23 Things That Define Mental Health
7. The ability to assert yourself effectively and appropriately.
Psychodynamic psychotherapy, also known as psychoanalytic psychotherapy, is enjoying a renaissance. Founded by Sigmund Freud and crew, psychoanalysis was the dominant form of therapy throughout the 20th century. Its popularity waned over the years as new therapies were developed.
But now, younger therapists as well as academics (critical theory, literature departments) are rediscovering the richness and utility of psychoanalytic thinking. Research is catching up to show that it works very well and has enduring benefit that outlasts the period of therapy because it can alter one’s developmental path in life and help to change personality traits and the way an individual approaches and stewards their own life.
What Is Psychoanalysis?
Psychoanalytic therapy is, at heart, simple. Per Freud’s “Fundamental Rule”, the patient (“analysand”) tries to say whatever comes to mind, without editing it-this is called “free association.” The therapist, or analyst, for their part, listens without filtering the data, without imposing a frame for interpretation, trusting unconscious processes and discipline from training and one’s own analysis and supervision.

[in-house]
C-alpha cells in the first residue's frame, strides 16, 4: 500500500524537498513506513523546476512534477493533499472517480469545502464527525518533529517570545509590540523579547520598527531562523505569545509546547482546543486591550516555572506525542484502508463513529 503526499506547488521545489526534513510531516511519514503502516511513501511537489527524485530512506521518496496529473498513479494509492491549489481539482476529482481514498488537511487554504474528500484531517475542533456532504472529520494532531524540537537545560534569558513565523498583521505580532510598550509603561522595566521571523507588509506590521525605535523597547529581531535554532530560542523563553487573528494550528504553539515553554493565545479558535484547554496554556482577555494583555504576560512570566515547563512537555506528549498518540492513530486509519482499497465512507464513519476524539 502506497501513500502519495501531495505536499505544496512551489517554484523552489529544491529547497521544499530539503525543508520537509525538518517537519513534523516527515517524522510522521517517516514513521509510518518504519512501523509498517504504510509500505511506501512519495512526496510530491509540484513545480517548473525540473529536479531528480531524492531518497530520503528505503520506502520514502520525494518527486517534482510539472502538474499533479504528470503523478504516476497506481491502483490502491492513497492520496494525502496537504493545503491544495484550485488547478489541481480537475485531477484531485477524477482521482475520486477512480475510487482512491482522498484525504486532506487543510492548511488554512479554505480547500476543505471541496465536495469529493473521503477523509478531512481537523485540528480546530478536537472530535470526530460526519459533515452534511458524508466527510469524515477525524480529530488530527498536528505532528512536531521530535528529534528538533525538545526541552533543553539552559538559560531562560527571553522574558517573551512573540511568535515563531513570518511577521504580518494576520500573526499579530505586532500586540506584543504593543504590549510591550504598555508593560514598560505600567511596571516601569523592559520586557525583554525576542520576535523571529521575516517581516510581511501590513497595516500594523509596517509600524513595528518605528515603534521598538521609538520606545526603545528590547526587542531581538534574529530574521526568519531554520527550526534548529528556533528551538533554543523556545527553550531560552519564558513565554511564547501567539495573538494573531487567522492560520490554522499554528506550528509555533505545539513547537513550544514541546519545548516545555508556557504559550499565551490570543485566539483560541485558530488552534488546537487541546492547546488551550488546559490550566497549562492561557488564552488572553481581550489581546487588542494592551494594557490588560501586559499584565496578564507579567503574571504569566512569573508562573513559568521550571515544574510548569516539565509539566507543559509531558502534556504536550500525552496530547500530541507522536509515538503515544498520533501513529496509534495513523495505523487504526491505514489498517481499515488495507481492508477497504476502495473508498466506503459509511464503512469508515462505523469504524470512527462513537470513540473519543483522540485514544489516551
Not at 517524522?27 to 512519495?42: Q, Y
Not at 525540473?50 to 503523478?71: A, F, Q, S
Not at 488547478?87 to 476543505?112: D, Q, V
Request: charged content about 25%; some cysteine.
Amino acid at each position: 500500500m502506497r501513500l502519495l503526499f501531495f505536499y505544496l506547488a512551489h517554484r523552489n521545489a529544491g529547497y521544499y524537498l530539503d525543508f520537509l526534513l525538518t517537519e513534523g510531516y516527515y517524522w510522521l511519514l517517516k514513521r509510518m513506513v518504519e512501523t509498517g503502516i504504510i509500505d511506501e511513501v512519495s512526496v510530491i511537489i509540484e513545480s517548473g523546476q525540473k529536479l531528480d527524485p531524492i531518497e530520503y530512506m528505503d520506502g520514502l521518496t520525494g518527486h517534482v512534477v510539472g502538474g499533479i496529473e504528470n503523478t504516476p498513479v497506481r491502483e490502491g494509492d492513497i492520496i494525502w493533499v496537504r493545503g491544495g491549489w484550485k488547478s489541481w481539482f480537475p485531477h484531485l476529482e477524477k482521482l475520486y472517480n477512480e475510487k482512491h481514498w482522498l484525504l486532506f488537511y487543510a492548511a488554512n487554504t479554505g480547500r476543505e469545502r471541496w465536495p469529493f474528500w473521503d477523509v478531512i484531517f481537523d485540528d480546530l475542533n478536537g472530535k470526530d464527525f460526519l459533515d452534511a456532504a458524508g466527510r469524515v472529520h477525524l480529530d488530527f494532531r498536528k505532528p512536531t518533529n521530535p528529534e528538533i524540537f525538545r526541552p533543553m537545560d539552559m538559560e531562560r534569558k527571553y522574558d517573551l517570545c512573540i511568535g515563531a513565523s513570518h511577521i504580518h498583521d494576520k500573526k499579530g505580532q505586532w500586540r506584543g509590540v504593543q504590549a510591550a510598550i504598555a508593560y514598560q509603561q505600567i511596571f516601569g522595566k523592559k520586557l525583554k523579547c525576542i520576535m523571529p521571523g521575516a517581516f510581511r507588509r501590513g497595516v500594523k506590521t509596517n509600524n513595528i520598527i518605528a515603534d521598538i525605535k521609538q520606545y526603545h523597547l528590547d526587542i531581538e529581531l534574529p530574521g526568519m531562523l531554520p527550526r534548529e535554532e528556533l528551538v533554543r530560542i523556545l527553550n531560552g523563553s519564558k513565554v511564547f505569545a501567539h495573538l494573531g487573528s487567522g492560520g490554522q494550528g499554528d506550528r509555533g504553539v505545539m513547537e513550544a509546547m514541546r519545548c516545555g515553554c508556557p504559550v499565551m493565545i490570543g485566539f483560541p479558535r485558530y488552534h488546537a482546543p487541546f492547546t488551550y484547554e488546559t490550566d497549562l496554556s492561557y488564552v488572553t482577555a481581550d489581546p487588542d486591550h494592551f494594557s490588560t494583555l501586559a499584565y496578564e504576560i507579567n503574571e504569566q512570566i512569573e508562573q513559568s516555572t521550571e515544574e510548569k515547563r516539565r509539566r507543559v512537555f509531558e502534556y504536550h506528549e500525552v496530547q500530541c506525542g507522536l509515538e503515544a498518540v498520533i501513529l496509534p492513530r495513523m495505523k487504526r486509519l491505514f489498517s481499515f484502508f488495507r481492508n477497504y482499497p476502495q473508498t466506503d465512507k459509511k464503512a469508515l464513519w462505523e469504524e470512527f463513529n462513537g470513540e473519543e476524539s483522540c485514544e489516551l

Therapy doesn’t happen overnight for either party-it takes practice for the patient and years of practice and training for the psychoanalyst-but it creates a nonjudgmental, mindful setting for therapeutic inquiry in which developmental processes can flourish . The term “psychodynamic” refers to unconscious psychological and emotional processes to become aware of and make use of in the service of personal growth and well-being.
Over time, given the simplicity of the framework, patterns emerge in the exchange between analyst and analysand that reflect experiences outside of therapy, past and present, to change the future by increasing awareness and options. This is called “ transference.” Psychodynamic therapy, though there are variations, essentially makes use of the transference phenomenon to catalyze developmental processes.
As problems from outside of therapy get pulled into the therapy, they can be addressed with a spirit of curiosity…